Wait, you say, what is this about? I read this blog for gender issues. What business does a post about Roman Catholicism have being here? I’ll tell you. It has a lot to do with gender issues, and with what God is teaching His church in our day. Hear me out.
I grew up Roman Catholic, attending mass weekly with my mother for seventeen years. I was not a believer, and when I converted to Christ as a teenager, I did not end up choosing Catholicism as my way to follow Christ, much to my mother’s disappointment. Long after I was married and even after I became a Presbyterian pastor, my mom would remind me that there is a special dispensation to allow for married ministers who convert from Protestantism. The can remain married and keep their families as Catholic priests. Did you know that? Kind of like an incentive plan, I guess. Didn’t sway me.
I am a child of the Reformation, with convictions forged through many hours of study and prayer. But I have also come to see with age how even doctrines with which I disagree often have a reason for them, and a reason other believers hold to them.
Even if we don’t think about it much, God is doing serious work in branches of the church that differ from our own. Jesus has His believers everywhere, and we commit an error akin to that of Elijah if we start to think that our theological tradition is the only real one left (1Kings 9:9-18). And, once in a while, God brings those branches together to show their need of each other.
This is true of understanding gender in our time. On an issue this big, no one theological perspective grasps the whole of it. One can see how different branches of Christ’s church might be needed to comprehend its length and breadth.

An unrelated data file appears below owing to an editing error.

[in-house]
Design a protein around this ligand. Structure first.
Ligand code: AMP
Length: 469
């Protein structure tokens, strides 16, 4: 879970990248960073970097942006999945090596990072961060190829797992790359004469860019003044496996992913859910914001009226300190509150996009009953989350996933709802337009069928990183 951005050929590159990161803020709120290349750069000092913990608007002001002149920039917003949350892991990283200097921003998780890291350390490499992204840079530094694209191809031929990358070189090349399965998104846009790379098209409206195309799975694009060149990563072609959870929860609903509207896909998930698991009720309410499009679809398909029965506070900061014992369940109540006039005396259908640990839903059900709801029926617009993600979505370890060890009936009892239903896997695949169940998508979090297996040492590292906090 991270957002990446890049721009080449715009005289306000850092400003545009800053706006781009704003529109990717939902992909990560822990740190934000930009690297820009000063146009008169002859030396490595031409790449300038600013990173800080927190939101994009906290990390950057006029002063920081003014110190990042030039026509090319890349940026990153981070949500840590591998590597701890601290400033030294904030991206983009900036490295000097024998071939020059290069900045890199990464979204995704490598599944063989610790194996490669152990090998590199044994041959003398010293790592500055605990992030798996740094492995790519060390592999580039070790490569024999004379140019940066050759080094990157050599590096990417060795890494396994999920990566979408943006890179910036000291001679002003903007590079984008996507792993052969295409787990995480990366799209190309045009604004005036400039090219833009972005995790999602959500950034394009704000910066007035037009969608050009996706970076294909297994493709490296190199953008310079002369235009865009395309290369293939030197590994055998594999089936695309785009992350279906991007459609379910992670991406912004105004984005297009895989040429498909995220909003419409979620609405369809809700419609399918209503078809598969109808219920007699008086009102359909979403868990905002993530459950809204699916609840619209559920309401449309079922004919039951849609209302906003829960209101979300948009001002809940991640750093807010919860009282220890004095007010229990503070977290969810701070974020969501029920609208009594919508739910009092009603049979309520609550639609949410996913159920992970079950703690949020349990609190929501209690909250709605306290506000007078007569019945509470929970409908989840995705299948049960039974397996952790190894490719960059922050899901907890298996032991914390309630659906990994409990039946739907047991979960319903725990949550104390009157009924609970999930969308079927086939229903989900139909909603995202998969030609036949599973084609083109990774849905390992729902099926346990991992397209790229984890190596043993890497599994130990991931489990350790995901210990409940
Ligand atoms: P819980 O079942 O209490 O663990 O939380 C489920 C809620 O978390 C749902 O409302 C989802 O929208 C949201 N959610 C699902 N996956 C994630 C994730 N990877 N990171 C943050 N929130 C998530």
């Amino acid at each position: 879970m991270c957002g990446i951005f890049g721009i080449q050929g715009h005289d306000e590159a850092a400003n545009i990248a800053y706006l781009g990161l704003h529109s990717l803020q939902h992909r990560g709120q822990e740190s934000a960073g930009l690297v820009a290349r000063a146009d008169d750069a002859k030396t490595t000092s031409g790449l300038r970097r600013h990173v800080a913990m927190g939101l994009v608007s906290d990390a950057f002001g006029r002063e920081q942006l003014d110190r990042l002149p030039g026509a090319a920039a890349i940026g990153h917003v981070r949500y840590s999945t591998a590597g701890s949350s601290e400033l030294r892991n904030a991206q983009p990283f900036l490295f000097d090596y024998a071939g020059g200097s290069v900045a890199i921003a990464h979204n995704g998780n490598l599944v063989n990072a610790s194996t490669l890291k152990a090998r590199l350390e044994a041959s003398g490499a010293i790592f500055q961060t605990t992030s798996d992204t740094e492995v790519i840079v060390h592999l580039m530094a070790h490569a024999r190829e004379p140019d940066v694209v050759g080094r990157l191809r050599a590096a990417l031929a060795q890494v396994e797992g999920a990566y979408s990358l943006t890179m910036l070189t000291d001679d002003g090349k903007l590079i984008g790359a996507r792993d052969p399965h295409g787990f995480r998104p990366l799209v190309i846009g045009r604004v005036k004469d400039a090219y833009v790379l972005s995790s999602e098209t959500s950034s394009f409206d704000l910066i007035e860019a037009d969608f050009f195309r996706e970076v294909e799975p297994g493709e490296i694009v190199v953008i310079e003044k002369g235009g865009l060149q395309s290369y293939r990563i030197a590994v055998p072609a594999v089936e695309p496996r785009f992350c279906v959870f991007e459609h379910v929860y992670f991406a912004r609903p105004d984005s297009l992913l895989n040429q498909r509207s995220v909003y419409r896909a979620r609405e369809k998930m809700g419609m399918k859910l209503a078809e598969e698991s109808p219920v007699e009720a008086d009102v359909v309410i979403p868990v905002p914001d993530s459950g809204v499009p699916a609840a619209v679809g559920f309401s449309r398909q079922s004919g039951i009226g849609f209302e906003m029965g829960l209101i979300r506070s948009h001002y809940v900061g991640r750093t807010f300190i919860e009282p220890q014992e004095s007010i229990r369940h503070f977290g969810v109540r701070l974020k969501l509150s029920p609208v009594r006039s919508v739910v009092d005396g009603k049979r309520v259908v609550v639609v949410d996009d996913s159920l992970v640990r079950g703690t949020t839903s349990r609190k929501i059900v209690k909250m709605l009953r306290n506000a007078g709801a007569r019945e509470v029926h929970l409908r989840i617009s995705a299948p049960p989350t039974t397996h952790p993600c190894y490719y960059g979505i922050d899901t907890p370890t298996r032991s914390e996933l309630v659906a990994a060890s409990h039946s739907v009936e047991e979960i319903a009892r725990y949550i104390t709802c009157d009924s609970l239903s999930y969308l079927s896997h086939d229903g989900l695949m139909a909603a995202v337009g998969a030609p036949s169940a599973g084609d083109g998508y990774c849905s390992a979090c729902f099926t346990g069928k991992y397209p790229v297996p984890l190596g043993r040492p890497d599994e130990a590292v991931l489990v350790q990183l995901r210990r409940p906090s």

In the mid-1900s, two of the most influential theologians of that century were working independently on comprehensive theologies. One of them was Karl Barth. The other was Pope John Paul II. Church Dogmatics (Barth) and Theology of the Body (John Paul) were among the first to really take seriously how gender comes from being made in God’s image, how relationship is what makes us human. I find it fascinating how this was happening on both sides of the aisle in the same period of history.
You know, it is possible to acknowledge these theologians’ contributions without adopting everything they say. In fact, I find fault with a lot in Karl Barth. But I highly recommend both of them for some of their insights on gender.
The Protestant needs the Catholic because of Roman Catholicism’s rich tradition of sacrament, symbol and emphasis on Christ’s physical body. I believe it is that richness that allowed John Paul to explain the beauty of our physical bodies, how they make the invisible visible. In one of his important points, this pope tells the church why our gendered bodies are not arbitrary but necessary teachers about the soul and about God.
Unfortunately, John Paul’s Theology of the Body is very long and almost incomprehensible (a lot like Barth’s Church Dogmatics). Theologians tend to develop specialized terminology that takes training to understand, and they are often too smart to be good teachers. They need other gifts to help make their work accessible….
…Enter Christopher West, a skillful and delightful teacher who has devoted his life to popularizing John Paul II’s work. You can find out about his work here. You can also read one his great books, such as Fill These Hearts, which gives a truly Christian treatment of sexual desire.
Next time, as a special treat for AffirmingGender readers, Mr. West will write us a guest post.
Until then, can you reach across the aisle…?